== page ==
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Ford v. General Electric Co.

May 22, 1968

JEANETTE FORD ET AL., PLAINTIFFS-APPELLANTS,
v.
GENERAL ELECTRIC COMPANY, DEFENDANT-APPELLEE



Hastings, Chief Judge, Kiley and Fairchild, Circuit Judges.

Author: Fairchild

FAIRCHILD, C. J.:

Class action by employees against employer to recover additional wages allegedly due for services rendered under a collective bargaining agreement.

Defendant General Electric has plants in the Chicago area, designated Hotpoint Business Operation. Local 571 Sheet Metal Workers International Association (AFL-CIO) represents plaintiffs. Defendant and the union have a contract which became effective October 3, 1966.

Plaintiffs claim that a particular paragraph of Article XXII of the contract (referred to herein as the "accelerated progression" paragraph), applies to them and entitles them to more wages than they have received for their work from October 17, 1966 to March 3, 1967, just before this action was begun.

Defendant moved for summary judgment, asserting that the contract provides a method for settlement of grievances and that the issue here, of construction of the accelerated progression paragraph, has been settled accordingly. The district court agreed and awarded judgment for defendant.

It is undisputed that the issue has been processed through three steps of the grievance procedure of Article XVIII of the contract, with the union presenting the grievances in steps 2 and 3. Step 3 was completed February 13, 1967, when management gave its written answer, asserting that the accelerated progression paragraph, properly interpreted, does not apply to the plaintiffs' situations, and denying the grievances.

Article XVIII of the contract (referred to herein as the "considered settled" paragraph) provides in part: "Upon the expiration of thirty (30) days from receipt by the Union of the Company's written reply to the grievance at the Third Step, the grievance shall be considered settled and closed for all purposes unless action has been taken by the Union in accordance with Articles XIX or XX of this Agreement."

Article XIX provides for arbitration procedure. XIX,1.(a) lists several types of grievances which are to be arbitrated as a matter of right upon request of either the company or the union. The issue involved in this case is not one of these types. XIX, 1.(b) provides that a grievance involving the interpretation and application of the contract other than a grievance under 1.(a) may be submitted to arbitration only with mutual agreement of the union and the company. XIX,4. lists several types of matters which are not subject to arbitration or which no arbitrator shall have authority to decide.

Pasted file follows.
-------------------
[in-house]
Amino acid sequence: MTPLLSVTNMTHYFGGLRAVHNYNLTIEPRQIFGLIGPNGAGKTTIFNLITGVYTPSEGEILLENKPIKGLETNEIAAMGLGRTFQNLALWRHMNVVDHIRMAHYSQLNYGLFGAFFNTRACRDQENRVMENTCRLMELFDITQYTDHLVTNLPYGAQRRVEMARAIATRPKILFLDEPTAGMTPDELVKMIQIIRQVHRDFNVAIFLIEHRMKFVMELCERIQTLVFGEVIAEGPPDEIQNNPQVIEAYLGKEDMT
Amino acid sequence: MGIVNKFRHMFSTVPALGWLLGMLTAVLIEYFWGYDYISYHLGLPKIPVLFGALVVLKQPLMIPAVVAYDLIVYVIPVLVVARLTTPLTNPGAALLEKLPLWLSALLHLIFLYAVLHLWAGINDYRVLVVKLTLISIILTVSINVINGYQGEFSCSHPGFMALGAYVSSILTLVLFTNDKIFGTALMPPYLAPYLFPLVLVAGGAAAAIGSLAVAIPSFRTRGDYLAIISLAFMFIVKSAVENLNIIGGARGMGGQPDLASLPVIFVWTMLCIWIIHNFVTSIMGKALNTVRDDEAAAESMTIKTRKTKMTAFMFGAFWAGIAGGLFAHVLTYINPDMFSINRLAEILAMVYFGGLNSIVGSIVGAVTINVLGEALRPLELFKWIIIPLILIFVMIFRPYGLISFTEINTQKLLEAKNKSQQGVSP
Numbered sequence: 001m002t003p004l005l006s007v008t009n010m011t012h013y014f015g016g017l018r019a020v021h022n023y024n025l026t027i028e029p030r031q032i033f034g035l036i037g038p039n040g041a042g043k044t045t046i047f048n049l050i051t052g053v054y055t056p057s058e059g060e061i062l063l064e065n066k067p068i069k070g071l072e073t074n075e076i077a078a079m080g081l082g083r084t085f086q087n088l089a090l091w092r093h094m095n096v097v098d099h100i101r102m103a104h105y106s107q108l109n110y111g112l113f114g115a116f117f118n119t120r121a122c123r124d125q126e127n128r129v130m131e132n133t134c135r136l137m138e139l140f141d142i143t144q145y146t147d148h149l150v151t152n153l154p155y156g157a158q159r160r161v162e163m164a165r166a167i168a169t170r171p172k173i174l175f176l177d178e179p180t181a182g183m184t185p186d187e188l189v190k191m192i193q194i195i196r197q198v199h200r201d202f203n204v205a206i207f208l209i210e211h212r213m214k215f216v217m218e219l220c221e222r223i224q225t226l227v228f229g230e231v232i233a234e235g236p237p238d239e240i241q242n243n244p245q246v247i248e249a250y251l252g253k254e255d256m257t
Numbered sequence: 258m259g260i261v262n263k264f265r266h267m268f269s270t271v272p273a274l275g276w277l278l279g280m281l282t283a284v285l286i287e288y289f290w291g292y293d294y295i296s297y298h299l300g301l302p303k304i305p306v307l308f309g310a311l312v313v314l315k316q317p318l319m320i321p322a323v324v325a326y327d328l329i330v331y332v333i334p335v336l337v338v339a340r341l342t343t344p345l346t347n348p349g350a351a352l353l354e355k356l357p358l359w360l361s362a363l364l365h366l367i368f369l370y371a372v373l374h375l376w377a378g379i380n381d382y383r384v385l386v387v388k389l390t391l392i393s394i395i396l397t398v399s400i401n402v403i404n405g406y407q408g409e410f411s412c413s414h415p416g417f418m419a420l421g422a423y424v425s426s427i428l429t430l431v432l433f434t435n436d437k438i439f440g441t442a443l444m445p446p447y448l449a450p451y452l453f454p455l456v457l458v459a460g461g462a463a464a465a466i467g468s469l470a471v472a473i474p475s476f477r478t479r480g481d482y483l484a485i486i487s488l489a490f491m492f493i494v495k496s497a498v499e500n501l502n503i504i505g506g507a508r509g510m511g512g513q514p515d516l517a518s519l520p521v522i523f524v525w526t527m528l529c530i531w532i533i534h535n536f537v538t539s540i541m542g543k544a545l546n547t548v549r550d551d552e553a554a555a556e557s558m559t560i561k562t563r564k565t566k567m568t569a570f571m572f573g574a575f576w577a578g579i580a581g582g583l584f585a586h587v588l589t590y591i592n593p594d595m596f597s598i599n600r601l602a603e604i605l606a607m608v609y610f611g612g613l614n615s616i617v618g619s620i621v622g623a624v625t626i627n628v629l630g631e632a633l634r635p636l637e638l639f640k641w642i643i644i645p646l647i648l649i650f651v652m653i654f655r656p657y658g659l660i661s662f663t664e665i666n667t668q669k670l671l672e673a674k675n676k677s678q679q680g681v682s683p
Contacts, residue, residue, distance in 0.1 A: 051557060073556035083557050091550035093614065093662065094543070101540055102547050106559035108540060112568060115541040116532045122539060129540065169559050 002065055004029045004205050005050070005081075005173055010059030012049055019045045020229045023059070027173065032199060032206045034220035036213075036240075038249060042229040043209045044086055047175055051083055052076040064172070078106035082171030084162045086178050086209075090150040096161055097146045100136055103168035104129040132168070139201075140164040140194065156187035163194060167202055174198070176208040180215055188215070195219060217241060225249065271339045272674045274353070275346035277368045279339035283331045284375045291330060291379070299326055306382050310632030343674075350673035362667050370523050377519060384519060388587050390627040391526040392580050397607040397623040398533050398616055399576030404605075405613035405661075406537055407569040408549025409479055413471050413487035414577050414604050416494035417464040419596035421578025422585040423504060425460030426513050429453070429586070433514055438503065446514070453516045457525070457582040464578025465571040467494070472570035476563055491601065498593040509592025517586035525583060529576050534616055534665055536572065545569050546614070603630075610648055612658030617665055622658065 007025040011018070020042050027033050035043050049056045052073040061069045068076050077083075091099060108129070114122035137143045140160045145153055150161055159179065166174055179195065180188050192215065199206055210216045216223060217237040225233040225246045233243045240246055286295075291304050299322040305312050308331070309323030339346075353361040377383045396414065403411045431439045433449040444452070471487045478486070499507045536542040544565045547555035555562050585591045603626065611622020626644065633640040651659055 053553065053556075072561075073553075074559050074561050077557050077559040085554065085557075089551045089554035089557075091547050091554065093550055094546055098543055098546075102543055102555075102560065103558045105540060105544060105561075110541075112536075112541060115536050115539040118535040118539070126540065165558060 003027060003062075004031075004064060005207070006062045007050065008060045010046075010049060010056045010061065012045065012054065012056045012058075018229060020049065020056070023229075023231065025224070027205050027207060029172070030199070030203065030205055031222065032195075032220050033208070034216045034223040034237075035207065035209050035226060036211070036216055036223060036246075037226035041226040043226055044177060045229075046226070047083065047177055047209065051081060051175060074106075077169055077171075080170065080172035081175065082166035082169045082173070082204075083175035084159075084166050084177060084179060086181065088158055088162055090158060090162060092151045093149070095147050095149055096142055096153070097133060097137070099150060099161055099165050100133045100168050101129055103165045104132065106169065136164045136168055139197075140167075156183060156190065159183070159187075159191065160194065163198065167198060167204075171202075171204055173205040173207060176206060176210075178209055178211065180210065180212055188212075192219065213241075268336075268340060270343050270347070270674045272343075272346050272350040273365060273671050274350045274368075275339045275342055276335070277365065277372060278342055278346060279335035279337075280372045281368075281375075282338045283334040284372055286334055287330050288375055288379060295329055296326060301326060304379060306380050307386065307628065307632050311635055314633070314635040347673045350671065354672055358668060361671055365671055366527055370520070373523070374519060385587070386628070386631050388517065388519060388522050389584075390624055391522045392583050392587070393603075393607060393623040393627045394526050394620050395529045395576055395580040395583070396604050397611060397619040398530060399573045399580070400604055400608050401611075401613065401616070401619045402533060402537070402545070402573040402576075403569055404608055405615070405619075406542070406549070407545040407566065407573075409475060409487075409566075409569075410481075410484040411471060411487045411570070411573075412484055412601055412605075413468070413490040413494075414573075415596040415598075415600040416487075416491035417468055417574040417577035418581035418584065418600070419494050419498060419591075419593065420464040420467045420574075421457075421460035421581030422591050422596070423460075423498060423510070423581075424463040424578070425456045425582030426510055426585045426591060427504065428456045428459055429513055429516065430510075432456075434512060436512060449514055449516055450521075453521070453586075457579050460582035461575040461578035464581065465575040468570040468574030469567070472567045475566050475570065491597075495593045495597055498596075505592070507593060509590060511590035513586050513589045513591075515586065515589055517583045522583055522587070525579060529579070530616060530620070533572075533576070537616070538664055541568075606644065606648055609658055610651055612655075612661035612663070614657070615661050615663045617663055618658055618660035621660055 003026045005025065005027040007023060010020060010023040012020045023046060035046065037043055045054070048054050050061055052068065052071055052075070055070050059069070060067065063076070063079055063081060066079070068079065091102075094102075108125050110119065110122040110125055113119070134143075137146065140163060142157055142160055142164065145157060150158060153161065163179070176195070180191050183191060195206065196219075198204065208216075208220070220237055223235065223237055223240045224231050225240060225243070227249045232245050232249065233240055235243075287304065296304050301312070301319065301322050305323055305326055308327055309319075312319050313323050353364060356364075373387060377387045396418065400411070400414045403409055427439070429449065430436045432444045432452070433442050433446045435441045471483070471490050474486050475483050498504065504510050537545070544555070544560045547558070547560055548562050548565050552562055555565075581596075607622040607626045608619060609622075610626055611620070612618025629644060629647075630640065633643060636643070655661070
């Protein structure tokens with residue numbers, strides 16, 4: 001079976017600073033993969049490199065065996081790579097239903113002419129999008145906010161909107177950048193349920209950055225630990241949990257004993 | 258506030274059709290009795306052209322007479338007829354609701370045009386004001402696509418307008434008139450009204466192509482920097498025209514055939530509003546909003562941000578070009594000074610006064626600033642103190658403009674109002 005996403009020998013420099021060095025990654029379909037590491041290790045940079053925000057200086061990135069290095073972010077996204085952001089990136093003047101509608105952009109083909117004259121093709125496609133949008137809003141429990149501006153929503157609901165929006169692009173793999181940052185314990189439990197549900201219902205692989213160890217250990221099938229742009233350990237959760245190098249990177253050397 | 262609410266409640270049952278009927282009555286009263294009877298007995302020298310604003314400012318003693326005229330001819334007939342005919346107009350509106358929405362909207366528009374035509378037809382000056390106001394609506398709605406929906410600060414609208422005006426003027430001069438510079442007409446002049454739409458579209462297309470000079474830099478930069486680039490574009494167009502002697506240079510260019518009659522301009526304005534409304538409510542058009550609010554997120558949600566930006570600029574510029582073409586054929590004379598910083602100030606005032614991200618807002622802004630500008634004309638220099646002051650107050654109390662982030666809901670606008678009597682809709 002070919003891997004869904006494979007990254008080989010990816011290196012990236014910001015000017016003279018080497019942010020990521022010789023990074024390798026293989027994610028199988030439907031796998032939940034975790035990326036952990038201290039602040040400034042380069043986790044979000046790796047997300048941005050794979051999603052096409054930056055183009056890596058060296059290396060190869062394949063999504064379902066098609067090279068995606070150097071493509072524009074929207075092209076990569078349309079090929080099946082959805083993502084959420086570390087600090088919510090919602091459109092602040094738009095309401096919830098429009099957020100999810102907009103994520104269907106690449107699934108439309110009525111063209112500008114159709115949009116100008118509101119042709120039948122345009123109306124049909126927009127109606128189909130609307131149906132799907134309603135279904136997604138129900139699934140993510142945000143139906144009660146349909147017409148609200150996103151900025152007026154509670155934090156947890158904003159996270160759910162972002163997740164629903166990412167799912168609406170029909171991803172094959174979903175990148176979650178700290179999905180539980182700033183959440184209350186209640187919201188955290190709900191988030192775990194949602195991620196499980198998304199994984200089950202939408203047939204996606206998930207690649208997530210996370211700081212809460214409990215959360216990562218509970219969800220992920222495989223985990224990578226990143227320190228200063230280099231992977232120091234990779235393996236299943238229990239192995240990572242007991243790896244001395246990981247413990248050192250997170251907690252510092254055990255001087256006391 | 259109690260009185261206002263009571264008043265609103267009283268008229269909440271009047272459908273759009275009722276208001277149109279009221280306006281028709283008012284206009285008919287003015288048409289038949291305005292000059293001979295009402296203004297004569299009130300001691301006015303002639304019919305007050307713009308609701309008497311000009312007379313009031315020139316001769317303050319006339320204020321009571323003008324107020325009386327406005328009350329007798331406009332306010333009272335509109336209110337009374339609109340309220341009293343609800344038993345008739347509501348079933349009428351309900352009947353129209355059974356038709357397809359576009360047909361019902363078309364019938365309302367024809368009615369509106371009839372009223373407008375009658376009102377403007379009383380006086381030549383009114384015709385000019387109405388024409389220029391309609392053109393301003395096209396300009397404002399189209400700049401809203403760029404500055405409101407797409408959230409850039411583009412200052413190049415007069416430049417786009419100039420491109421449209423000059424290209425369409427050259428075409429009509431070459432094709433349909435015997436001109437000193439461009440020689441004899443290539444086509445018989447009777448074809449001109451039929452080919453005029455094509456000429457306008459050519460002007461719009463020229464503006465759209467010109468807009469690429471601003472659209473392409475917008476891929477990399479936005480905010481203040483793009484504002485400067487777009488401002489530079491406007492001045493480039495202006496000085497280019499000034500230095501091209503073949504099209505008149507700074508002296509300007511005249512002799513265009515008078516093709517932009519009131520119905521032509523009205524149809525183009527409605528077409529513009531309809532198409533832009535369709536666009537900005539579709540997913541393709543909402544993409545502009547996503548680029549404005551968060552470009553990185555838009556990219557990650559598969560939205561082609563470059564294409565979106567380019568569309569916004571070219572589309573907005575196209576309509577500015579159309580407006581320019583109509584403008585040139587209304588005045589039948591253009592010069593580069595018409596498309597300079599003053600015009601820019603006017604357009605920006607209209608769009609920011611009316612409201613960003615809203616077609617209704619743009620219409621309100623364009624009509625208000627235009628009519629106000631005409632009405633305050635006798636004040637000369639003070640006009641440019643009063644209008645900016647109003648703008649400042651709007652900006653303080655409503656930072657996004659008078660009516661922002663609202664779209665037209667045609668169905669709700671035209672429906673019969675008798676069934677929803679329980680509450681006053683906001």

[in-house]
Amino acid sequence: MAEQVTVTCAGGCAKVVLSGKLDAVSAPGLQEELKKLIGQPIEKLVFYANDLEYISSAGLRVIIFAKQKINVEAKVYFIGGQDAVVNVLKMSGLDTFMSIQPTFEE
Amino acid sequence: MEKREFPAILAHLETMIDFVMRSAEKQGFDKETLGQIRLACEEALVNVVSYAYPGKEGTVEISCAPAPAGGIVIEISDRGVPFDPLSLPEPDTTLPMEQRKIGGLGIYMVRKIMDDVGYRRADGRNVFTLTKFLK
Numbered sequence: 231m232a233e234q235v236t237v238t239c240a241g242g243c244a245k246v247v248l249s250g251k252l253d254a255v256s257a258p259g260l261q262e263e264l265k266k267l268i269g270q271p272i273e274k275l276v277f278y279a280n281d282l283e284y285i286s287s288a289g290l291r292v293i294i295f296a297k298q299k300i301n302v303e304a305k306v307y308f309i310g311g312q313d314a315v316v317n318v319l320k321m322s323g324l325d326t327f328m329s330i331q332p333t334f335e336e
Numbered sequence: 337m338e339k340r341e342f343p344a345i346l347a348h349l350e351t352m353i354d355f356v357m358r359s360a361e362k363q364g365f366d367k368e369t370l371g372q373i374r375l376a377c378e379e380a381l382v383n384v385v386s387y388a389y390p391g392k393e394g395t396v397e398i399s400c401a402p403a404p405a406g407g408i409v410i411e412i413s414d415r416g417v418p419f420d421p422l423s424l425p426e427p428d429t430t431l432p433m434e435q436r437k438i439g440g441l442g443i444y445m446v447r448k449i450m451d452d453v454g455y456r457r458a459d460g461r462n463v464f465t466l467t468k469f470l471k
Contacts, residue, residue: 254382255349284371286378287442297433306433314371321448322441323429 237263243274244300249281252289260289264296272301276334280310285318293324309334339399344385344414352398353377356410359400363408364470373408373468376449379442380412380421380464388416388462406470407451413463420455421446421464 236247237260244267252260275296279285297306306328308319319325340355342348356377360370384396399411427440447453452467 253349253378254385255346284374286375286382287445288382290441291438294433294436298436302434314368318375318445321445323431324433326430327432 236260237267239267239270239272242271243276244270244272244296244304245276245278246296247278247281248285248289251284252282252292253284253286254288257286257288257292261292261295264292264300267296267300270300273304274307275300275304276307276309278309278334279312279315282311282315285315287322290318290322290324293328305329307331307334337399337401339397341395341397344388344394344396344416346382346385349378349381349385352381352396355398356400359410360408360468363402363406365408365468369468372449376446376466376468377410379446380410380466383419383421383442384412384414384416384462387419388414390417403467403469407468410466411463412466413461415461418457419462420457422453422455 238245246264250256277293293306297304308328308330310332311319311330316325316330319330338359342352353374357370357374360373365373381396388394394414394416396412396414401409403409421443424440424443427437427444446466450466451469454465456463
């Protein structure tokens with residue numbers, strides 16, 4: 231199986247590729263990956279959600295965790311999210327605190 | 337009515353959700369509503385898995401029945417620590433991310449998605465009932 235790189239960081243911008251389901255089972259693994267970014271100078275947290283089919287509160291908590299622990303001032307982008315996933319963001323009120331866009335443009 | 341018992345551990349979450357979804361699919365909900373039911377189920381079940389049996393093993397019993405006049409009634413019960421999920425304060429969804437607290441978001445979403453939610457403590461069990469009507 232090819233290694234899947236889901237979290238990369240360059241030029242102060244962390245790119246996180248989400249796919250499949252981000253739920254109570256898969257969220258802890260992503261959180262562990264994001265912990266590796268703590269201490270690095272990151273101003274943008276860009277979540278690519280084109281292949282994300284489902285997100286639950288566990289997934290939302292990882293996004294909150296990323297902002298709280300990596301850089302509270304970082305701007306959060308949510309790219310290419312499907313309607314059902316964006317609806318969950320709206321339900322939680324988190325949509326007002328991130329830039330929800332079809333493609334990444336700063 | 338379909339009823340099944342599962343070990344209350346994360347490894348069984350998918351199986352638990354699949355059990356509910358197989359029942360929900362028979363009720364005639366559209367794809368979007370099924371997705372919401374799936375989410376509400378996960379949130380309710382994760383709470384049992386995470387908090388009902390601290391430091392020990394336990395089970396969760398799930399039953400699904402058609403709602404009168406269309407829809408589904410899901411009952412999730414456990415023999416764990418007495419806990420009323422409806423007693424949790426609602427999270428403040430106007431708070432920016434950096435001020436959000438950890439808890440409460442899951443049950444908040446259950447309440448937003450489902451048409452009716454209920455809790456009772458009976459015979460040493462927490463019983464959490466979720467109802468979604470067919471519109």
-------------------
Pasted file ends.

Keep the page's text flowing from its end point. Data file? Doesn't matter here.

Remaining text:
XX contains the union's agreement not to strike, except for a "protected strike within the terms of the National Labor Relations Act arising out of a grievance after the . . . Grievance Procedure . . . shall have been complied with, provided that the grievance does not involve a matter subject to arbitration or a grievance which the Company has indicated in writing its willingness to arbitrate. . . ." Any such strike "may be commenced only after the Company's final decision on such grievance" and three days notice by the union.

It appears to be defendant's position that the union could have kept the issue alive either by offering to arbitrate the issue under XIX,1.(b) or by giving a strike notice under XX within 30 days after the completion of step 3, and that because the union did neither, the issue became settled by the operation of the "considered settled" paragraph. This position is supported by the language of the paragraph, taken literally.

Plaintiffs concede that if "in fact, a strike was the proper next step after step 3 of the grievance procedure, or if, in fact, arbitration of the grievance was the required remedy, then in either case plaintiffs would be barred from bringing this suit under the well known and uncontroverted law that contractual remedies must be exhausted before recourse may be had to the courts."

Plaintiffs contend, however, that XX prohibited a strike over this grievance and that this grievance was not arbitrable under XIX.

As already indicated, XX permitted a strike arising out of a grievance after the steps required by XVIII had been fulfilled, if the grievance is not "subject to arbitration" or a grievance "which the Company has indicated in writing its willingness to arbitrate." We think that in this context "subject to arbitration" refers to grievances of a type listed in XIX,1.(a), i.e., arbitrable as a matter of right upon request of company or union. The grievance involved in this action does not fall under XIX,1.(a), and defendant had not indicated a willingness ...


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